Henry Wadsworth Longfellow, ed. Poems of Places: An Anthology in 31 Volumes.
Greece and Turkey in Europe: Vol. XIX. 1876–79.

Greece: Sparta


By Nicholas Michell (1807–1880)

(From Ruins of Many Lands)

LAND of the lordly mien and iron frame!

Where wealth was held dishonor, luxury’s smile

Worse than a demon’s soul-destroying wile!

Where every youth that hailed the Day-God’s beam,

Wielded the sword, and dreamt the patriot’s dream;

Where childhood lisped of war with eager soul,

And woman’s hand waved on to glory’s goal.

Ay, she sent forth her son in battle’s face,

Feared not his death, but only his disgrace;

Dropped on his home-borne corpse no woman’s tear,

So he had died in valor’s red career;

Wept only for the son who lost his shield,

And, choosing life to honor, fled the field.


What! are these stones, yon column’s broken shaft,

Where moss-crowned Ruin long hath sat and laughed,

These shattered steps, these walls that earthward bow,

All Sparta’s Royal Square can boast of now?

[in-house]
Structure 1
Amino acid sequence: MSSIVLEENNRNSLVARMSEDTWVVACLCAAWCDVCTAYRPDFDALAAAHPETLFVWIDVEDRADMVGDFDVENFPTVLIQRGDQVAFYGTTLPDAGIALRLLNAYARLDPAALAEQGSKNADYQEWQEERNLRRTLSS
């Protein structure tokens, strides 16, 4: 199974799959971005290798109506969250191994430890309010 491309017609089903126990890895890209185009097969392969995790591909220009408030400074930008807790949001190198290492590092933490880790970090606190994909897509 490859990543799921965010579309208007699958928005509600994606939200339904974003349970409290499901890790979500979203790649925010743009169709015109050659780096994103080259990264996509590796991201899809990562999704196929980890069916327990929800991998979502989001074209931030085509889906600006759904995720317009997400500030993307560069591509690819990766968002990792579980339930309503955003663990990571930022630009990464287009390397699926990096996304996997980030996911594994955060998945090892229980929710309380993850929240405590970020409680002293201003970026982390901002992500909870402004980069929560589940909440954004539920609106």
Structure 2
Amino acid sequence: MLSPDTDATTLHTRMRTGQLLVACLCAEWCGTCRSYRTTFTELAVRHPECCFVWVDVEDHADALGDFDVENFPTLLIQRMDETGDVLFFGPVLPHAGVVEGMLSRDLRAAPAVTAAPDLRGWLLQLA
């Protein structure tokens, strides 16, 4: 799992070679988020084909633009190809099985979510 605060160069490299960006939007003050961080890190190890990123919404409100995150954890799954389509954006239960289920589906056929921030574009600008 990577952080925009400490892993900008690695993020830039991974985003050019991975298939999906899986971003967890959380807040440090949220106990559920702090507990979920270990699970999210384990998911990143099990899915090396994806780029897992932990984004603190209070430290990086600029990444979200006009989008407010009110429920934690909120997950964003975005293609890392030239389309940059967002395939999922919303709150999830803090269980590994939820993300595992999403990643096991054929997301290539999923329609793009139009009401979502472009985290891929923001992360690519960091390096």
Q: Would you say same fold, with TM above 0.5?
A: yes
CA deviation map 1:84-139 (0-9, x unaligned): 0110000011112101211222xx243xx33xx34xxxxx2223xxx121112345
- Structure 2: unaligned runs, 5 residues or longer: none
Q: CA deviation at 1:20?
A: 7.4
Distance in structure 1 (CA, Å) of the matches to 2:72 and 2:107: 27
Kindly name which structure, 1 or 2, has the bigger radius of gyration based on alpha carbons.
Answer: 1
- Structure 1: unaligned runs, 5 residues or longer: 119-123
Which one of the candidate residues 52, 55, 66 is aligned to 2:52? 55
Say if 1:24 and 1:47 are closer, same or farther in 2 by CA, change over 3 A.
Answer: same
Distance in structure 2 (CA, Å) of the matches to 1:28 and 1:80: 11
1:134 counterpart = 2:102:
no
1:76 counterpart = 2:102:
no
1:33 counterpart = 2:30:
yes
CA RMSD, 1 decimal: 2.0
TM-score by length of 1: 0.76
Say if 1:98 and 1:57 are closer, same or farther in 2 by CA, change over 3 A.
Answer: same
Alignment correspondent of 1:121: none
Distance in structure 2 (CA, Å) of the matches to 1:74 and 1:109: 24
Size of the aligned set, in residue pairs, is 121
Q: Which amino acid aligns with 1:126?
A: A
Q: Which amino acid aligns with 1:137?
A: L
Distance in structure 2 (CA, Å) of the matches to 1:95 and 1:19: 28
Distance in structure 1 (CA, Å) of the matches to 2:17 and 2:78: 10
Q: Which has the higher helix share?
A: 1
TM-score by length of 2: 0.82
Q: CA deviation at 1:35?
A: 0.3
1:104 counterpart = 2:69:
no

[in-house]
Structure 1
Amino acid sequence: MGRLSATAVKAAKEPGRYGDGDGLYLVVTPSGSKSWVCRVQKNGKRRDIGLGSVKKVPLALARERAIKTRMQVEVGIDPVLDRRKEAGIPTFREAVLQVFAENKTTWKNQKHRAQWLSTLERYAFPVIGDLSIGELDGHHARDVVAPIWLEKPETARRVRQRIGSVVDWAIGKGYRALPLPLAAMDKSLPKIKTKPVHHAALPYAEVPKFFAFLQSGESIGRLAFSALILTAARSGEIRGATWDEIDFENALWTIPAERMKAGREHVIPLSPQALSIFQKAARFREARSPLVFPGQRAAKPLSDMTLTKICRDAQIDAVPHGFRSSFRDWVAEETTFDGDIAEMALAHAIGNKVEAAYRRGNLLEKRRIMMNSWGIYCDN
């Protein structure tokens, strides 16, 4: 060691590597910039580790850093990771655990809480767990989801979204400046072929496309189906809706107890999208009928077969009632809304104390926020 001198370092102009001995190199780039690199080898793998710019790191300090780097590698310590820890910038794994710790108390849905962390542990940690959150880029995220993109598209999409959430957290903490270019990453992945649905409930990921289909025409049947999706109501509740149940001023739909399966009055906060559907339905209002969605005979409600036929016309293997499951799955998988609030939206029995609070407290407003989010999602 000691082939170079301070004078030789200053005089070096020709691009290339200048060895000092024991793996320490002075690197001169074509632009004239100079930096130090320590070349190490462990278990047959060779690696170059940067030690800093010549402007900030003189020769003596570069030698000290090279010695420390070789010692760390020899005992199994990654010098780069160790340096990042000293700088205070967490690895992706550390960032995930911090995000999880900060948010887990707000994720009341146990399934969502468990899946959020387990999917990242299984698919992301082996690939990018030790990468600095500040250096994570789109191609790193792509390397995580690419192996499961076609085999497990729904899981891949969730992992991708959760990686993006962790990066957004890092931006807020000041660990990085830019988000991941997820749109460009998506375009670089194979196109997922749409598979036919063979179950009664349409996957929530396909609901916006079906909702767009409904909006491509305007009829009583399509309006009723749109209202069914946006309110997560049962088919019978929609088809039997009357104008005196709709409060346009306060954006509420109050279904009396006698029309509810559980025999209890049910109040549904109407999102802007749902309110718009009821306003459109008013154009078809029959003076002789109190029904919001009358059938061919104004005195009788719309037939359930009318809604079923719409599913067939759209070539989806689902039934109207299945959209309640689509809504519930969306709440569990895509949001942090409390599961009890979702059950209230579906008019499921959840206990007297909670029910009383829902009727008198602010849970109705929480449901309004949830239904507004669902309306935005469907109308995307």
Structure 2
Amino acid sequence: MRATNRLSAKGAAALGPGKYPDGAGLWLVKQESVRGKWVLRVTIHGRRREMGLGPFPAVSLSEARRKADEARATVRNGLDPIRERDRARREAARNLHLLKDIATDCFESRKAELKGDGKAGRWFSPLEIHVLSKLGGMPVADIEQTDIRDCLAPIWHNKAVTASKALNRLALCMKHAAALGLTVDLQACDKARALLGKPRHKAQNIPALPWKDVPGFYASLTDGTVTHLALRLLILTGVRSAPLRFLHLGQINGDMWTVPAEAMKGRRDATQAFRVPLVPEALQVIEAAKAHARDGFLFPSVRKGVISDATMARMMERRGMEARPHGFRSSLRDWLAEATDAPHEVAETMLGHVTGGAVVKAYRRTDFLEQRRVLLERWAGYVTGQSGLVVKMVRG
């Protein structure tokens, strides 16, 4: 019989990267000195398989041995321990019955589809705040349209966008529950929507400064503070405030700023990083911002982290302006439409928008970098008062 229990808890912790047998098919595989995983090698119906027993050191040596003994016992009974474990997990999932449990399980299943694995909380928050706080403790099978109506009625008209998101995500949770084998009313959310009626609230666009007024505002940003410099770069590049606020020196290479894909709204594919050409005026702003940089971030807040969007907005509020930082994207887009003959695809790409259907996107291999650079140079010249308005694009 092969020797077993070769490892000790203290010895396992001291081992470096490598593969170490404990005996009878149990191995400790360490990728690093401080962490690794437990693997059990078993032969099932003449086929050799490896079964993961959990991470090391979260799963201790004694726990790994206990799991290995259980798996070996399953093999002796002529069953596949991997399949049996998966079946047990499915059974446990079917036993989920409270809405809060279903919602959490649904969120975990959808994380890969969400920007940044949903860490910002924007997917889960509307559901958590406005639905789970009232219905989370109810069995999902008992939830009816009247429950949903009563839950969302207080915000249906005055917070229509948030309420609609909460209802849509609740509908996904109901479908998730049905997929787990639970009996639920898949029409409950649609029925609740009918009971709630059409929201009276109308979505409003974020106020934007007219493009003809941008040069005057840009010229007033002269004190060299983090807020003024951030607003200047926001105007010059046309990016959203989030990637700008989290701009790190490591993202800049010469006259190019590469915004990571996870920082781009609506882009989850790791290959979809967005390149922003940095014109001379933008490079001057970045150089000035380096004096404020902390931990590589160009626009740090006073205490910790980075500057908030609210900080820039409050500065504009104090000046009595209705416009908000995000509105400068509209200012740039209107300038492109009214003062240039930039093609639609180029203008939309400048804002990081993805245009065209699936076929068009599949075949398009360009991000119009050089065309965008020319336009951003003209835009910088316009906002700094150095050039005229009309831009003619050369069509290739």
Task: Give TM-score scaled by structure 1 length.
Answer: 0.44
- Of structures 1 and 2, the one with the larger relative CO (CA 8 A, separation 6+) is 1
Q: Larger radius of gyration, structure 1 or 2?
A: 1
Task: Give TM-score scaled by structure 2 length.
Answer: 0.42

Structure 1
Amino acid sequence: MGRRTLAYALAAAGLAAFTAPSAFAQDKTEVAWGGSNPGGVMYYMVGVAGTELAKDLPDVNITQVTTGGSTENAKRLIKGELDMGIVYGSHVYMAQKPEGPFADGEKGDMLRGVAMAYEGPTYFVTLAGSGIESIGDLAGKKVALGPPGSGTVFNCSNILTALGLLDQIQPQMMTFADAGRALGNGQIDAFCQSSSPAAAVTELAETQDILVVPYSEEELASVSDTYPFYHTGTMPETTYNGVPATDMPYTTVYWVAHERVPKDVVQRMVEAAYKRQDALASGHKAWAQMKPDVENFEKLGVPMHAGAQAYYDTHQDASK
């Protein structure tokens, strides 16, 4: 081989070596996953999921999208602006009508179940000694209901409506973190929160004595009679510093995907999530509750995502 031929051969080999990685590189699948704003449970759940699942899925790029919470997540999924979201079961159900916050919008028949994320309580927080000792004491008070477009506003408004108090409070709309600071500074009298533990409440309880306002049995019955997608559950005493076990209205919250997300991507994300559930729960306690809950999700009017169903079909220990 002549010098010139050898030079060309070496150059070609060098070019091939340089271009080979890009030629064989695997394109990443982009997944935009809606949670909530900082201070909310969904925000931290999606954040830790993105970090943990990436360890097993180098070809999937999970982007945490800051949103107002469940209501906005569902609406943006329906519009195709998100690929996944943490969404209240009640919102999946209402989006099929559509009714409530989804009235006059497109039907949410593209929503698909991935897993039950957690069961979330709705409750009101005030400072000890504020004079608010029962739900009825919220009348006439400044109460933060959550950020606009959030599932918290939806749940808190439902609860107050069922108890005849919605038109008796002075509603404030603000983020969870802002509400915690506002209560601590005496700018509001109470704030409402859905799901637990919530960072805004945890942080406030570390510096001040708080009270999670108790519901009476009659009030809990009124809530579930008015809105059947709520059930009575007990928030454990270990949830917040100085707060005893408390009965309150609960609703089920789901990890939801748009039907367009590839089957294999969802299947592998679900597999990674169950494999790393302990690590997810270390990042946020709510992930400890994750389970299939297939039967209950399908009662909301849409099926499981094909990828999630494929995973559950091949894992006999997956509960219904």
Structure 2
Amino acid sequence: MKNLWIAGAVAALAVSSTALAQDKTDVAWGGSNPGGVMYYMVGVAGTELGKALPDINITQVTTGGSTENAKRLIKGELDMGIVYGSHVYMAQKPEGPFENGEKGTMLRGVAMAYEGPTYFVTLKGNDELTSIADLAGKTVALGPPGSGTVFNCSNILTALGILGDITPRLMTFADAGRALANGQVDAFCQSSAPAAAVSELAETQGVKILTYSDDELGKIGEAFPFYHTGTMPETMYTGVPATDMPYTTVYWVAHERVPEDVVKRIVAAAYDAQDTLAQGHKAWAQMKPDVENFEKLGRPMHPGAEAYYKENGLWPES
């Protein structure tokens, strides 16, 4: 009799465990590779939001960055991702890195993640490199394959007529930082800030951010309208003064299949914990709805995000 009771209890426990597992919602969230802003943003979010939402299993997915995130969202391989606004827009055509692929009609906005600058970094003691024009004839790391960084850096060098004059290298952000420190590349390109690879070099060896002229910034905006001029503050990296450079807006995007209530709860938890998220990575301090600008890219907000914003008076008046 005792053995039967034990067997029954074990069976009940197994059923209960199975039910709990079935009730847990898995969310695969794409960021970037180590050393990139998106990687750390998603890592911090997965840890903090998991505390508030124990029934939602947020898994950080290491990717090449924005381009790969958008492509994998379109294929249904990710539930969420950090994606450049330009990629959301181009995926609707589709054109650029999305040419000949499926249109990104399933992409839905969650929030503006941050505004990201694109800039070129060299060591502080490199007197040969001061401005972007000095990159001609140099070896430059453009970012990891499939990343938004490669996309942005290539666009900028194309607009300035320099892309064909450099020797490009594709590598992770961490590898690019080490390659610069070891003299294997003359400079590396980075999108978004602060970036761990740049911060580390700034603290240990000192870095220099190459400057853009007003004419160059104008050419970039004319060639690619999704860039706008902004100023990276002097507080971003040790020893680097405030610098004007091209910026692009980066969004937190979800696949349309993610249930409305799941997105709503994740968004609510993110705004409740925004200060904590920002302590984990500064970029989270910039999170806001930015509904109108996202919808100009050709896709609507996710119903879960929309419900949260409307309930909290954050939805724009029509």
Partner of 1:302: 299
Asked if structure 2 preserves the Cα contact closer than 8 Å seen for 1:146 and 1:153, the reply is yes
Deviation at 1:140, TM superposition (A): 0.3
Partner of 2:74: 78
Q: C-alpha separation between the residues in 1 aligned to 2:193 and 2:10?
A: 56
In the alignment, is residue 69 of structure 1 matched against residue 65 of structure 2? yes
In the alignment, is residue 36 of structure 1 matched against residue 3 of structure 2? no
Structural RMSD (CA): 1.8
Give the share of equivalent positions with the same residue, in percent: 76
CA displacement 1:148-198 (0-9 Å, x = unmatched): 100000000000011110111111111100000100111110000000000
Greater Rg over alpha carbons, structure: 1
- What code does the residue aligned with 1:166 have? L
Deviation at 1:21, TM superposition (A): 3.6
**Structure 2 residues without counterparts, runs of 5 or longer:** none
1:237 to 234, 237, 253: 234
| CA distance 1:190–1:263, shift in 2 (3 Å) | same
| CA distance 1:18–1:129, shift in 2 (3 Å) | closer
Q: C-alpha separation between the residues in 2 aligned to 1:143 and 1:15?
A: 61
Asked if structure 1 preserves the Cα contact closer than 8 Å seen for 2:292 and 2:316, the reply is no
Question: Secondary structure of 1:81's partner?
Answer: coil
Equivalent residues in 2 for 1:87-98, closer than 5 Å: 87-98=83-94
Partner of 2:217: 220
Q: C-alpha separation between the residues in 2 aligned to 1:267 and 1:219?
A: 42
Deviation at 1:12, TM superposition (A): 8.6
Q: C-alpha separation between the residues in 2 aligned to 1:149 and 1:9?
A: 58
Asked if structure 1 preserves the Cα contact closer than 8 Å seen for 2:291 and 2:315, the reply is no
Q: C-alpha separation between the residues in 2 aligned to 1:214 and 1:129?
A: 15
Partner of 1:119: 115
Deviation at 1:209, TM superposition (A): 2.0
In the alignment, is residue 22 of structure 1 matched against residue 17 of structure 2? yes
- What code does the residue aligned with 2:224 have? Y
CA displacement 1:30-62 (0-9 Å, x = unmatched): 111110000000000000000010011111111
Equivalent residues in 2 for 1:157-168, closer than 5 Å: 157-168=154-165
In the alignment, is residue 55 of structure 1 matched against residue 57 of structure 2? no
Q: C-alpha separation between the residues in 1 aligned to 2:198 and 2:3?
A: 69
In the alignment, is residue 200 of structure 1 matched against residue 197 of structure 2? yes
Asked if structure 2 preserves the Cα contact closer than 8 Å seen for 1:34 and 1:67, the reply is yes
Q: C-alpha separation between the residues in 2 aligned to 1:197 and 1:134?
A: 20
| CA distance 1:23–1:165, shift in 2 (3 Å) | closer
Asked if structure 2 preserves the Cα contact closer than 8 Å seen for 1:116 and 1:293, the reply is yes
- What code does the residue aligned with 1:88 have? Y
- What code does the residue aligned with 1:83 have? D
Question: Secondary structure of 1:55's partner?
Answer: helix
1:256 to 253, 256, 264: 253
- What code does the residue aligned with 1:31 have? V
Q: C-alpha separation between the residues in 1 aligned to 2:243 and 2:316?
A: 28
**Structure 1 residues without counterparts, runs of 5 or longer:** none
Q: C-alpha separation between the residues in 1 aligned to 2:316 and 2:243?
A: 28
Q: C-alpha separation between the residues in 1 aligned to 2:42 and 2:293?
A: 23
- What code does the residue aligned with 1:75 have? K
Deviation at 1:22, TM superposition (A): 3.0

What! in the streets which swept on every side,

Do but wild poppies lift their crimson pride?

Plant of Oblivion! well thou here mayst bloom,

Type of unlettered Sparta’s hastening doom!

The Stoa’s walls with Persian trophies graced,

The circling course where brazen chariots raced,

The pillar, where each name ye once might see

Of those who fell at red Thermopylæ;

Juno’s bright shrine,—the city’s glittering eye,—

Ramparts below, and frowning towers on high,—

All, all are gone, like forms in troubled sleep,

Blooms in the spring or foam upon the deep,

Alone unchanged by battle, time, or blast,

Fresh as when born, Eurotas wanders past,

Breaks in soft kisses on the silver sands,

Trod in old times by valor’s conquering bands,

Mirrors the banks where temples shone of yore,

But ah! the bath of beauty’s train no more;

And further down, where snow-white lilies gleam,—

The drooping Naiads of the classic stream,—

To choiring winds the bubbling waters sigh,

Like Memory’s wail for glories long gone by.